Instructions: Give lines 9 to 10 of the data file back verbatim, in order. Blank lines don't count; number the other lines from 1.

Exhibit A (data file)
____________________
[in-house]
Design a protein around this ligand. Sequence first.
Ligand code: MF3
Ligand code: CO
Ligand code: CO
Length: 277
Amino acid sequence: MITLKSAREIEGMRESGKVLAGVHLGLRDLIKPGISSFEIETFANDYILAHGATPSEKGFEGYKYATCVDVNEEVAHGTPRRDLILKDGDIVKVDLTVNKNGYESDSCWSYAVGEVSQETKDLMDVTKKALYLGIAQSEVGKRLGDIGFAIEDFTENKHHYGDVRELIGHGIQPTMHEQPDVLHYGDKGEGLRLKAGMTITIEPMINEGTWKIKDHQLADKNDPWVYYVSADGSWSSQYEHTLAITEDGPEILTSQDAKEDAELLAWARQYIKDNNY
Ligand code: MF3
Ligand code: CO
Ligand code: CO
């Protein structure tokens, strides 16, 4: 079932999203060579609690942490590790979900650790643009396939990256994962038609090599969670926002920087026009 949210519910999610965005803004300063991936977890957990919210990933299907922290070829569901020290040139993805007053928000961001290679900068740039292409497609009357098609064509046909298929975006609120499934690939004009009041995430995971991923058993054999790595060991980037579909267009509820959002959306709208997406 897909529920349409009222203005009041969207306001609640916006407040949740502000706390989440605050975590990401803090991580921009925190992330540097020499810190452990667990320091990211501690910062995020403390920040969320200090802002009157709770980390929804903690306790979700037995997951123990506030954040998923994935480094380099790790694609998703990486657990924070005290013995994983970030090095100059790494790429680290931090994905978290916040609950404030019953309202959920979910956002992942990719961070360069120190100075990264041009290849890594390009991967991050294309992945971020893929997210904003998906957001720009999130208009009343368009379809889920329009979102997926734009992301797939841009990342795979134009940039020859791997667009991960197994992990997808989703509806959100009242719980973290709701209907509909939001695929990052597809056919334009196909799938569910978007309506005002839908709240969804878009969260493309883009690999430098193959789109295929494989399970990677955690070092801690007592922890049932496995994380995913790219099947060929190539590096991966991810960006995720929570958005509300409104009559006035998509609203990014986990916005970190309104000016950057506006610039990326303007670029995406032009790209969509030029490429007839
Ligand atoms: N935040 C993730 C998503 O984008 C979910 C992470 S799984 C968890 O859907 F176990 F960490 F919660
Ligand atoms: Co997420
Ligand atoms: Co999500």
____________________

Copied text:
Ligand code: CO
Ligand code: CO